Describe a typical day in the life of an artist like yourself? How does inspiration come to you and how does the world itself play a part in your creative process?

My days all vary based on what I have going on, and how little sleep I got the night before! I’m a bit of an insomniac so it doesn’t help my cause.

I used to meditate when I got up before I did anything really. I slipped out of that routine over the last 2 months or so, but I’ve started back on it again. The rest of the day can be a combination of going through email inquiries/correspondence, admin type stuff, expenses, painting, keeping up on social media, cleaning [because I always manage to make a mess even though I have the need for my space to always be tidy], putting together any orders that need to go out. Working on client’s pieces, going to the post office some days, sometimes I have photo editing or designing that needs to be done, researching, looking at or finding inspiration, checking up online what is happening in the world and often putting on some Netflix while I eat to relax or take my brain off of tasks. Some days are simply spent running errands and doing laundry or meeting with a friend. I work 7 days a week, so I like to make things happen when they need to and try to avoid errands when most people are off work and the city is too busy and crazy.

Inspiration can come from simply seeing an alluring photograph or hearing a really beautiful song. I’m not sure what my creative process is. It’s definitely fluid and all over the place.

Elusive- Sara Golish 3

What is it about being an artist appeals to you so? How would you best describe your method and technique when it comes to creating the pieces you do?

Striving to make and contribute something that’s positive and beautiful to this world. It’s an incredible and rewarding feeling when others tell you how much you inspire them. Also a lot of what I described in my previous answer as well – the idea of working for myself on my own schedule, on my own time and not someone else’s.

My method and technique are also not a solid concept. I often switch things up and try to do things differently. Sometimes because I want to experiment and sometimes because I can’t remember how I did that thing I did the last time! I find I’m often very haphazard in my ways.

When you are in your creative zone what keeps you motivated and do you have any particular rituals or music that inspires your artistic flow? What are your favourite musical artists / songs and why?

My space needs to be clean and in order for my creativity to thrive and function properly. It also requires music. Often scented candles as well! The music always varies with my mood. I wouldn’t say I necessarily have a “go to” type.

One of my top artists, hands down, is Stevie Wonder. He’s a musical genius. Aside from him there are far too many to mention so some of the main genres I listen to are Soul, Funk, Nu Jazz, Deep/soulful House, Motown, largely old school Hip Hop, Disco, Broken Beat, Jazz, R&B/Neo Soul, Reggae, Latin/Salsa/Calypso, Afro Beat. Why? Because they sound like art to my ears and my soul.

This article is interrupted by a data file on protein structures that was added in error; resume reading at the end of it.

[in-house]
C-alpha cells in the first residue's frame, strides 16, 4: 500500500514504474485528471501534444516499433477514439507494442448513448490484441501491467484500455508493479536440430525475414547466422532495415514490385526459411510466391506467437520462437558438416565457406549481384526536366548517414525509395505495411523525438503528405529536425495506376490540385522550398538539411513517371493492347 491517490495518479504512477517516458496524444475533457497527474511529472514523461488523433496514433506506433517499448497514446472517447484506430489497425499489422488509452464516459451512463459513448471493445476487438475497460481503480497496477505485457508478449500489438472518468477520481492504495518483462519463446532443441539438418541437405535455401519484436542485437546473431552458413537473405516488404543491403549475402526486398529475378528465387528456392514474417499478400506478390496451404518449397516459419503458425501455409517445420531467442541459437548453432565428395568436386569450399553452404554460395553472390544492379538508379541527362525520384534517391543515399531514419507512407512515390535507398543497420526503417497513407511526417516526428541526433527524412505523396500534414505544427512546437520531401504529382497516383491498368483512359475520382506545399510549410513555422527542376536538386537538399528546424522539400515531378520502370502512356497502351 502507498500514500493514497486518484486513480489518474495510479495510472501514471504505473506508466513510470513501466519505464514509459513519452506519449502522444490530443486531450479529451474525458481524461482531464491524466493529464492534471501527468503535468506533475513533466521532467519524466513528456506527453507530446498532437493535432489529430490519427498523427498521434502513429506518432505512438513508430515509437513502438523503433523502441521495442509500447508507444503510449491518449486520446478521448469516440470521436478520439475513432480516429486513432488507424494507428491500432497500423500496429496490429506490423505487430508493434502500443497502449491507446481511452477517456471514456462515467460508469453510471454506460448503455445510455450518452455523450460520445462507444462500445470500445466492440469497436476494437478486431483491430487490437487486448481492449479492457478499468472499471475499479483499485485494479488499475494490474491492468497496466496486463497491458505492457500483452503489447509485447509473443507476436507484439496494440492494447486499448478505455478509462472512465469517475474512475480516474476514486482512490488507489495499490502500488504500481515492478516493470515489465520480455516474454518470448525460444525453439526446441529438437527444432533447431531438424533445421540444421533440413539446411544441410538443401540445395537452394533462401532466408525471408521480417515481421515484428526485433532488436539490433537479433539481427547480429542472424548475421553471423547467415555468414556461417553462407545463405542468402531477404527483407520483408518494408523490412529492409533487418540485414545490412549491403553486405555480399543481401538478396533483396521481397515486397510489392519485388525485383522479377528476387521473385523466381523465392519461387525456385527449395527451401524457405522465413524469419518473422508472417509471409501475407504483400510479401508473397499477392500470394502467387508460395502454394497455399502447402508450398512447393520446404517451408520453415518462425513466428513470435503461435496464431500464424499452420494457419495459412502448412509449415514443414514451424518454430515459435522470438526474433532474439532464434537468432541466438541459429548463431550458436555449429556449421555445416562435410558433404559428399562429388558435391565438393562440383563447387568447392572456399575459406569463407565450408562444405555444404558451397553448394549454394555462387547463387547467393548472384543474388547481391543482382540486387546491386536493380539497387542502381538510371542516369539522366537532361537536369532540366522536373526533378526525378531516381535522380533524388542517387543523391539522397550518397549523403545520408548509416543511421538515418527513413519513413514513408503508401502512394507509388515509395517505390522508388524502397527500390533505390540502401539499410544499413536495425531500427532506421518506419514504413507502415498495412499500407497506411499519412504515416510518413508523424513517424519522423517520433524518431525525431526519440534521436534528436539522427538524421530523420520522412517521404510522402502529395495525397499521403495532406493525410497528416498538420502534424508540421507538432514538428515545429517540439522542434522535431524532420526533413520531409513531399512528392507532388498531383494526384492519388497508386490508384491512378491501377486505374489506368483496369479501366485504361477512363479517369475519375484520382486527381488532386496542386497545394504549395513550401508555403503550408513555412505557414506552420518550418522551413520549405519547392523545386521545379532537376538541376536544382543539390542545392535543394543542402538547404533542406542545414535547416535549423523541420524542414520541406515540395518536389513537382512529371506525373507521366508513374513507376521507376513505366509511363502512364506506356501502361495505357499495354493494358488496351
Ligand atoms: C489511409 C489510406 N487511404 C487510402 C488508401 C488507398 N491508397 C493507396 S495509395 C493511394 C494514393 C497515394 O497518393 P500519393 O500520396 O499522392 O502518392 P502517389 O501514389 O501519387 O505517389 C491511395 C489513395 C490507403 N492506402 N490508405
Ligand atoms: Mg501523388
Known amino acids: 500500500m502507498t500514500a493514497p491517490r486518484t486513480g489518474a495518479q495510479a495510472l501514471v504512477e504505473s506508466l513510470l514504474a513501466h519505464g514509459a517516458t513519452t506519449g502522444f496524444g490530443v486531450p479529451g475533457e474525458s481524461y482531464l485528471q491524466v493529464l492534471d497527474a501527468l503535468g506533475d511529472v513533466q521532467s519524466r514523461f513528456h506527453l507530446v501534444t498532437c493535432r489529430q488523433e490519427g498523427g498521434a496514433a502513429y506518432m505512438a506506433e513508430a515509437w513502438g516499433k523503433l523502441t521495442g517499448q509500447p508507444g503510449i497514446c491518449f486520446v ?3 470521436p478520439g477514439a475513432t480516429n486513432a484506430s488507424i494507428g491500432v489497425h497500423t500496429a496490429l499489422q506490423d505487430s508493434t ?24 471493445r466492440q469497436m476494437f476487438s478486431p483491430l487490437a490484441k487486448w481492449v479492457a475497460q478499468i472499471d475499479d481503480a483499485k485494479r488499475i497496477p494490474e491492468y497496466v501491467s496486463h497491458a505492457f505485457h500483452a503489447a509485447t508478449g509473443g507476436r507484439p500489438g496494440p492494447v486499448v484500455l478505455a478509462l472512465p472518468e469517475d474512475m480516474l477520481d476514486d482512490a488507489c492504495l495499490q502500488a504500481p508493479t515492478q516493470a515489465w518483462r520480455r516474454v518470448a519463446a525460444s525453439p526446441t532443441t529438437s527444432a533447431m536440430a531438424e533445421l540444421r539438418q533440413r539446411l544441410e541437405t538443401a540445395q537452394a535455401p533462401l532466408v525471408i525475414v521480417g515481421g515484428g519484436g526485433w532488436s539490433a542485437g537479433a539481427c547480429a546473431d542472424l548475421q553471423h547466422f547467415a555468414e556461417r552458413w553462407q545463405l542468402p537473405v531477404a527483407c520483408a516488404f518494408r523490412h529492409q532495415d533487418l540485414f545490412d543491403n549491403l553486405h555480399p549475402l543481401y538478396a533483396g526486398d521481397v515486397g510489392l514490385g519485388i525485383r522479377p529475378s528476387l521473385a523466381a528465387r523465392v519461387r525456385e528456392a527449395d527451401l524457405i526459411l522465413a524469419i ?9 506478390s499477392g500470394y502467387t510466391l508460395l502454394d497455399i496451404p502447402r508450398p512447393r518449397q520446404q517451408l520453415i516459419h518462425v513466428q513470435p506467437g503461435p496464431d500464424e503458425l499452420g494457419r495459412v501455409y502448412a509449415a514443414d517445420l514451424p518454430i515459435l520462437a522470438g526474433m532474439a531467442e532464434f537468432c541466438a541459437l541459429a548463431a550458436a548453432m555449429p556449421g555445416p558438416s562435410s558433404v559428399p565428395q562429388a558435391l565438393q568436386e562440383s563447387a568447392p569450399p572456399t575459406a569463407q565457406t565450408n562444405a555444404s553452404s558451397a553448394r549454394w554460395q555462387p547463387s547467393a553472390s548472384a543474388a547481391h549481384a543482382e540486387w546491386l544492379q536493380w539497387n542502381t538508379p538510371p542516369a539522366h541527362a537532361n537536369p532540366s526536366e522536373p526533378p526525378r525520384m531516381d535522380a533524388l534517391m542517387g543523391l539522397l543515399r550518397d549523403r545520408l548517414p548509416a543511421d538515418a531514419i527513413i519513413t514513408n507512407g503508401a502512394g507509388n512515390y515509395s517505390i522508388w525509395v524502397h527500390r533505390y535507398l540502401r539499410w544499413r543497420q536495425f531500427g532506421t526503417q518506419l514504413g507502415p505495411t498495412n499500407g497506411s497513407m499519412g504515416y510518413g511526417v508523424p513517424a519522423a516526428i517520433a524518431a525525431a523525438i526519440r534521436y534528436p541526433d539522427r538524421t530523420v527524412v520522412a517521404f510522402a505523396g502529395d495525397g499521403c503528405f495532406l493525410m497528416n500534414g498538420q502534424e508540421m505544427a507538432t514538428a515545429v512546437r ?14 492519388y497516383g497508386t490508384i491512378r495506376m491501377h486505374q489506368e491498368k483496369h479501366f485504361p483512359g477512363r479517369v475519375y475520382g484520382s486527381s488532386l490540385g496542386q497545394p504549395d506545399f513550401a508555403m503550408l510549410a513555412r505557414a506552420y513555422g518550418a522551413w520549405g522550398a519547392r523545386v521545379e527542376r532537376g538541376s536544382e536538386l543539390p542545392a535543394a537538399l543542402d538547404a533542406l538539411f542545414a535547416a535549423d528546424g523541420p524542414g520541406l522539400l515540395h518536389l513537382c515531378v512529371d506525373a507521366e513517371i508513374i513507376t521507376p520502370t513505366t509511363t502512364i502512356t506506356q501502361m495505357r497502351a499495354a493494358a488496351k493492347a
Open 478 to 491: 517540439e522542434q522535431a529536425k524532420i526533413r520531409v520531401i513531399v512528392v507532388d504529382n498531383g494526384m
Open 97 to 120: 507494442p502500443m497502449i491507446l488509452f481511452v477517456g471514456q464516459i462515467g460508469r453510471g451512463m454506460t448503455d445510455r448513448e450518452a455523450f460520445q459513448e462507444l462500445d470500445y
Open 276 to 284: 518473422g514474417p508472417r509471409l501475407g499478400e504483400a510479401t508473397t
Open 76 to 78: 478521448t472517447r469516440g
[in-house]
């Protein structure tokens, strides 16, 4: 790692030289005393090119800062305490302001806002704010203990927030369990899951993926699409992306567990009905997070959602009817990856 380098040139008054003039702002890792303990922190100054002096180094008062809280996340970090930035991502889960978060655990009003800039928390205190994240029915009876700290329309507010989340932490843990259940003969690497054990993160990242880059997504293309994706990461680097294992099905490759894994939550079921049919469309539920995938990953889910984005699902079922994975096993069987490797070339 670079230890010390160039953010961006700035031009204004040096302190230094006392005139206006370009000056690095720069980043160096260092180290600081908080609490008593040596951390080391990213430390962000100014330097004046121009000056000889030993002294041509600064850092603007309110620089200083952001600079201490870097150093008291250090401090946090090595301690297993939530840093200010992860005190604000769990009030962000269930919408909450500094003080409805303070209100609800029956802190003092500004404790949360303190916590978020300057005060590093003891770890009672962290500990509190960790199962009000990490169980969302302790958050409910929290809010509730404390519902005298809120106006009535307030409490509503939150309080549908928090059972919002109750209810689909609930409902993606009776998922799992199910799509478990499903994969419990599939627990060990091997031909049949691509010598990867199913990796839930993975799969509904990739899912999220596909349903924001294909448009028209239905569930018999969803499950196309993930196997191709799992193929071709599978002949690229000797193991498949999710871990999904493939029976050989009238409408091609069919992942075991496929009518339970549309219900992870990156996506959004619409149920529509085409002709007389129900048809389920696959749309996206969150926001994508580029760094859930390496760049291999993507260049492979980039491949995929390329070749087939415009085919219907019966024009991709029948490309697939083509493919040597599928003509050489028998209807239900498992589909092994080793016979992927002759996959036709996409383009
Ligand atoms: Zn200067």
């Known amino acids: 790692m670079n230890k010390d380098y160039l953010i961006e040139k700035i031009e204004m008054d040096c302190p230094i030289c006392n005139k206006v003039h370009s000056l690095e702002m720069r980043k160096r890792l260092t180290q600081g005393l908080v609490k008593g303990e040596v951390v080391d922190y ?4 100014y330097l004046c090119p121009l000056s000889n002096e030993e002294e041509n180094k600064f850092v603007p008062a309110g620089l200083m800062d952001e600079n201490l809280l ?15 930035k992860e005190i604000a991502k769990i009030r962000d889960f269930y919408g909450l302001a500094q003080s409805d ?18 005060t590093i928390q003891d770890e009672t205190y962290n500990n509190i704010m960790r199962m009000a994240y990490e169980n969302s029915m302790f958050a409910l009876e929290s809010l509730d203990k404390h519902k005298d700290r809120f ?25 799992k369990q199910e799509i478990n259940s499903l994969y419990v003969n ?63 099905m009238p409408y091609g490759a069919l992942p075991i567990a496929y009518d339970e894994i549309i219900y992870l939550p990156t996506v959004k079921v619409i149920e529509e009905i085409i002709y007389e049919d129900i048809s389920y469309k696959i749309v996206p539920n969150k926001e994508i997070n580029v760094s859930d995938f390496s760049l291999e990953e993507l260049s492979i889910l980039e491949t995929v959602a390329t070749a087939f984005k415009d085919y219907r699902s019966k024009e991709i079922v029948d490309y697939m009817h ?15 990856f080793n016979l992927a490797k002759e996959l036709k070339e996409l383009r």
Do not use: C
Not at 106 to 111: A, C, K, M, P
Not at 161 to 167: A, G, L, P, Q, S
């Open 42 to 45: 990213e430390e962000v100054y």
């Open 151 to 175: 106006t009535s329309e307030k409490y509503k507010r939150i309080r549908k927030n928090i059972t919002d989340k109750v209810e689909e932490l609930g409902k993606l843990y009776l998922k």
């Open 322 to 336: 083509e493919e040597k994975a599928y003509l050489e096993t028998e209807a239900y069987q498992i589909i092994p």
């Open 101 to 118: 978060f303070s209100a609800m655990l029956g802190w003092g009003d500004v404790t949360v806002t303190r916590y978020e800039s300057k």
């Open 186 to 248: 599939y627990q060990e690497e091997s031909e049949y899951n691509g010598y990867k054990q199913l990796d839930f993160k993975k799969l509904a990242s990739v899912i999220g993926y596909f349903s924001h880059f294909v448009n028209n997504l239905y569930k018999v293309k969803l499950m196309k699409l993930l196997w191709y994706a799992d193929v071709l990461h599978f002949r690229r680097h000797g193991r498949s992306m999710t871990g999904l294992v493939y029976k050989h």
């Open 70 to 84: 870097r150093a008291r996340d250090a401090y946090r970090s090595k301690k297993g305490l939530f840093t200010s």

Where are your collections currently featured at the moment? ( Art Galleries, Museums, Public Spaces ) and what is the general public feedback on your works?

I have some of my paintings at a beautiful gallery in Charleston, South Carolina in the States right now. And 4 new paintings on their way there as we speak for a group show in February. Everything else that are not in my hands are in private spaces.

The general feedback to my work has been great. People seem to really like my style and/or technique and I’ve heard a number of times how “unique” it is. As an artist I believe that is a great milestone and huge to hear, particularly since that’s one of my personal overall goals.

Where can the international public purchase your beautiful works and follow your creative process?

I have a number of pieces both originals and prints available for direct purchase on my shop at Some original paintings are for sale at the gallery in Charleston at Robert Lange Studios. And some pieces like the latest series, Sundust, are available directly through me. So email inquiries can be made for those purchases or any others that say available on my portfolio page that aren’t on the shop.

The best way to follow my creative process would be on social media platforms [Facebook page, Instagram, Twitter] or my blog on my website. My Instagram is the best for frequent updates and progress shots. I also have a mailing list/newsletter sign up on my website contact page and blog panel so people can stay up to day that way as well!

Lia- Sara Golish 4

What do you hope the message in your art will be one day when life is all said and done?

I’m not sure that it needs to be a messages within the art itself per say, but I’d rather it be part of a movement that changed, impacted or created a meaningful difference in the progression of us as a society and a race at large.

Your motto in life?

‘Everything happens for a reason’ and ‘Everything is relative.’


For more information on Sara Golish, her various art works and online store information visit:





Ms Hennessey